Date of Award
Doctor of Philosophy (PhD)
Renewable Natural Resources
Eastern cottonwood (Populus deltoides Bartr.) is the fastest growing tree in southeastern United States with great potential as a biomass source. DNA-based molecular marker techniques are playing increasingly important roles in elucidating genetic diversity within species. Amplified fragment length polymorphism (AFLP) and random amplified polymorphic DNA (RAPD) markers were employed to study genetic relationships among 57 clones from subregion Lower Mississippi river, West Central, and West Gulf. A total of 101 polymorphic RAPD markers were amplified from 14 primers. Six AFLP primer pairs resulted in a total of 457 polymorphic markers. Both RAPD and AFLP markers were able to uniquely identify all clones, indicating that extensive genetic diversity existed among the clones and demonstrating their efficiency as fingerprinting tools. To understand population structure in eastern cottonwood, leaf samples from 202 trees involving 12 natural populations from subregion East Central, East Gulf, and South Atlantic along the species' geographic regions were collected. All identified polymorphic markers, including 492 AFLP markers and 104 RAPD markers were included in the analysis. The within-population genetic diversity was estimated to be 0.2543 from AFLP data and 0.2619 from RAPD data, suggesting there is significant genetic variation within populations. The coefficient of gene differentiation among populations (FST) was estimated to be 0.0663 and 0.0536 for AFLP and RAPID respectively (P < 0.001), suggesting population subdivision in eastern cottonwood. The correlation between AFLP and RAPID data matrices based on Nei's standard genetic distance as measured by Pearson product moment correlation was 0.4251 (P = 0.027). Phylogenetic trees were constructed by UPGMA and Neighbor joining method. From AFLP data, populations from East Gulf were always grouped together in both trees and this was further supported by bootstrap test of significance of the trees. The UPGMA tree from RAPD suggested populations from East Central and East Gulf are close to populations within the same subregion, whereas the Neighbor-joining tree supported populations from East Central are grouped together. In addition, the variances associated with the population parameters from AFLP analysis were significant lower than that from RAPD analysis, suggesting AFLP analysis is a more reliable tool than RAPD analysis for population study.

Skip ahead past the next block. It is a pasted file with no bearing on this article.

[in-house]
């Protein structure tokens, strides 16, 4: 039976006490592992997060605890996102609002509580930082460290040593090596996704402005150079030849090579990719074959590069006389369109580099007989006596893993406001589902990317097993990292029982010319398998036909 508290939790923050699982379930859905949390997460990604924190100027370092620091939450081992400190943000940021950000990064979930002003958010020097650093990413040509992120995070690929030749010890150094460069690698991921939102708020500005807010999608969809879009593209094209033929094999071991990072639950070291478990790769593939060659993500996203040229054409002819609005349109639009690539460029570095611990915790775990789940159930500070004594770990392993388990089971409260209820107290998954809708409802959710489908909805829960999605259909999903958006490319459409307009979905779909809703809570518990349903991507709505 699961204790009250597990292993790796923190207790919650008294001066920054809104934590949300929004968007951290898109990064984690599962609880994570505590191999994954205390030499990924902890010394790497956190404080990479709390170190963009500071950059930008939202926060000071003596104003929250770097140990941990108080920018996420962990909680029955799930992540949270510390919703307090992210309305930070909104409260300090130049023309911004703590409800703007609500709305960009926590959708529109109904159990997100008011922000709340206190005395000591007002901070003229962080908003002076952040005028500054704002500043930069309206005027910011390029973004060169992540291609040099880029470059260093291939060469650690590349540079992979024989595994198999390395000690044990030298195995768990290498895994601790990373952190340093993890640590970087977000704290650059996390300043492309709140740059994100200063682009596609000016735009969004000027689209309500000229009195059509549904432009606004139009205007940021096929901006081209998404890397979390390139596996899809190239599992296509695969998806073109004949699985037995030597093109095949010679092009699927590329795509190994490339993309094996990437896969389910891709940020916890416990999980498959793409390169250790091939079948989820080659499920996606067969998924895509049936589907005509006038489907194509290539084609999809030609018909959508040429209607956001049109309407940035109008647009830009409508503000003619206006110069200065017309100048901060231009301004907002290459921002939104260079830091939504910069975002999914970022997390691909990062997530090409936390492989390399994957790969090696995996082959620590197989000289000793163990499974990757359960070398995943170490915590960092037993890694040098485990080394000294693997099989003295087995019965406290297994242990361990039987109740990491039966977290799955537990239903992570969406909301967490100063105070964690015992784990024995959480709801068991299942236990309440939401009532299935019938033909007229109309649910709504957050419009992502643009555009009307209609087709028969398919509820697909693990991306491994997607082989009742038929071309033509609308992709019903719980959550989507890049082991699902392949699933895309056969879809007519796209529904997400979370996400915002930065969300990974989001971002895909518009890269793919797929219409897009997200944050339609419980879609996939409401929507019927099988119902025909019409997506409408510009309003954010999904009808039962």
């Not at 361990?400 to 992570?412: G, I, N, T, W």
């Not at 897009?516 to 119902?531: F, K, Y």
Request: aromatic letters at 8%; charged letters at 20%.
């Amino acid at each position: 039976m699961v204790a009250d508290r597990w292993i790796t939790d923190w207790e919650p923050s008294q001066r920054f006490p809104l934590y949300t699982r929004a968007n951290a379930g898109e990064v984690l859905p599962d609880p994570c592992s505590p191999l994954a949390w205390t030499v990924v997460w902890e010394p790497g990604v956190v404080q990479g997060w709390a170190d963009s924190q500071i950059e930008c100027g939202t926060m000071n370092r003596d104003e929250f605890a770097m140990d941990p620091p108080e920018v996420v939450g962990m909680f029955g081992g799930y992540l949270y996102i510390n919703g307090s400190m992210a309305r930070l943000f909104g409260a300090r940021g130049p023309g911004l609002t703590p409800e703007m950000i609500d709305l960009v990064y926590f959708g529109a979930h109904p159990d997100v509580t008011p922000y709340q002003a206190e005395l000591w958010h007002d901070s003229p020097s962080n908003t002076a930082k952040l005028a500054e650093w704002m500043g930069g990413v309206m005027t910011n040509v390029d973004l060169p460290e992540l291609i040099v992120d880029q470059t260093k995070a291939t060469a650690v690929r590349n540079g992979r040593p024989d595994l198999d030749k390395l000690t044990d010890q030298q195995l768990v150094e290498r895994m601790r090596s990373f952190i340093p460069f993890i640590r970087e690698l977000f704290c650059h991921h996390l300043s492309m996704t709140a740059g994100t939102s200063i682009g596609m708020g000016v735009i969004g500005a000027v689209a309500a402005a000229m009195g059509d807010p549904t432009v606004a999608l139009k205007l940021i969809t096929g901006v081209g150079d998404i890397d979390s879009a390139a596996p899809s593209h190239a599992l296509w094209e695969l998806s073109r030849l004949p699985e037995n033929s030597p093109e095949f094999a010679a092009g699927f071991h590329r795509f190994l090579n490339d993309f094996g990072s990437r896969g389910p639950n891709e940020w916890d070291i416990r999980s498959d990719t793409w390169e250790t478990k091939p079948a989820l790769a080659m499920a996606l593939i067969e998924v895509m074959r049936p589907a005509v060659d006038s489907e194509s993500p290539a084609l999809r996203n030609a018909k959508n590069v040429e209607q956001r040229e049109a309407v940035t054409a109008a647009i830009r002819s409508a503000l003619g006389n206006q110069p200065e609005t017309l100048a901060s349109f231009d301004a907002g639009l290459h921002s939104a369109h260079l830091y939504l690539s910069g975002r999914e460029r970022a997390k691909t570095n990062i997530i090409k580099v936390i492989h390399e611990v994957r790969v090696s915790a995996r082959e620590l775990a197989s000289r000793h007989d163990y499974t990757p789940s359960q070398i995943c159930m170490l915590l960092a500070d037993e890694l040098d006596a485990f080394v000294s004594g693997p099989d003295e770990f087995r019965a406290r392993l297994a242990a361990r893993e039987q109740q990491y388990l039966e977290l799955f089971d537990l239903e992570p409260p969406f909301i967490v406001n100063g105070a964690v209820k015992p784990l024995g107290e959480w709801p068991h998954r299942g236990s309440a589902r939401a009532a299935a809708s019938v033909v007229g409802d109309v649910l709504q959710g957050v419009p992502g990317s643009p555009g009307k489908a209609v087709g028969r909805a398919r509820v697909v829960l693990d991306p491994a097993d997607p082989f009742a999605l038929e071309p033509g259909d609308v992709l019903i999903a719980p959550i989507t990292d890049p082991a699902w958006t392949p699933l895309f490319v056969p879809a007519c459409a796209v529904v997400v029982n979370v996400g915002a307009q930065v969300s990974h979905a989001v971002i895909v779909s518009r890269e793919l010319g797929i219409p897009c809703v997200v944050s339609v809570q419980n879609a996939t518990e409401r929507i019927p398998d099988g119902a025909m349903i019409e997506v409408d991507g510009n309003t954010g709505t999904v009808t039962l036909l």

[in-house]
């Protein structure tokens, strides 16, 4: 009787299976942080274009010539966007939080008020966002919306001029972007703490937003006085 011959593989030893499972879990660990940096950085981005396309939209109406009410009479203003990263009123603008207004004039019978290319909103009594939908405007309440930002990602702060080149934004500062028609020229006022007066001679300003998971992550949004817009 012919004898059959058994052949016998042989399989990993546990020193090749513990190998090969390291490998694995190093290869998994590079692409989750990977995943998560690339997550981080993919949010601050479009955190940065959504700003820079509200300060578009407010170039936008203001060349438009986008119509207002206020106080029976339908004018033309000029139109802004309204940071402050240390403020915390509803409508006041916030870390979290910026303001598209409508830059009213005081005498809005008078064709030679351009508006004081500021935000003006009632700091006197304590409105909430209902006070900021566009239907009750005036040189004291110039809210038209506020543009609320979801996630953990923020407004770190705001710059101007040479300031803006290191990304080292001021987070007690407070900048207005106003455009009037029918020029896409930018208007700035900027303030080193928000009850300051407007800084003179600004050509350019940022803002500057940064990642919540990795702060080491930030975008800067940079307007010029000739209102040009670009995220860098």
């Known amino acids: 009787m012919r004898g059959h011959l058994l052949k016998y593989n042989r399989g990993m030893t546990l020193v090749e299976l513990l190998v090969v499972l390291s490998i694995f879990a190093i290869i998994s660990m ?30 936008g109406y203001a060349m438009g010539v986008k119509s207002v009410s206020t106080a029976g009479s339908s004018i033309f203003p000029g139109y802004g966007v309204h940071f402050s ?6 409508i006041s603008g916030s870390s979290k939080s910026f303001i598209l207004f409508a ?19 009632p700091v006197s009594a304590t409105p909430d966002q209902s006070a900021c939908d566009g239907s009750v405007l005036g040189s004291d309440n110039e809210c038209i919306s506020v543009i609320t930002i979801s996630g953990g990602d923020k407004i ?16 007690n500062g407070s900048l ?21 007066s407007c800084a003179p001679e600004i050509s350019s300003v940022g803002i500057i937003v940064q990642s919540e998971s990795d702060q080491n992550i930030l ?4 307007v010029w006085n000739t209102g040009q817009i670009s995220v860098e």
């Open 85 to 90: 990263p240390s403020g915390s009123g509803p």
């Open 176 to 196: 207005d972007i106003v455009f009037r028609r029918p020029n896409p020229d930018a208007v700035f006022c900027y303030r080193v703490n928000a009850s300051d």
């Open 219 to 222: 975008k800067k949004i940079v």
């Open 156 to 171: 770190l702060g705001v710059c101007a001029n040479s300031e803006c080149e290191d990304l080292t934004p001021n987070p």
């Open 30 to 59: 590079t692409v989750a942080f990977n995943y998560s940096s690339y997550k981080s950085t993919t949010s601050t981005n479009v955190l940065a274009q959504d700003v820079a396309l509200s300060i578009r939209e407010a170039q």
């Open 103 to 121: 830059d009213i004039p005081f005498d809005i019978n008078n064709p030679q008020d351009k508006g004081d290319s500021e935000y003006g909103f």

Ma, Xiaohong, "Molecular Systematics of Eastern Cottonwood Using AFLP and RAPD Markers." (2001). LSU Historical Dissertations and Theses. 421.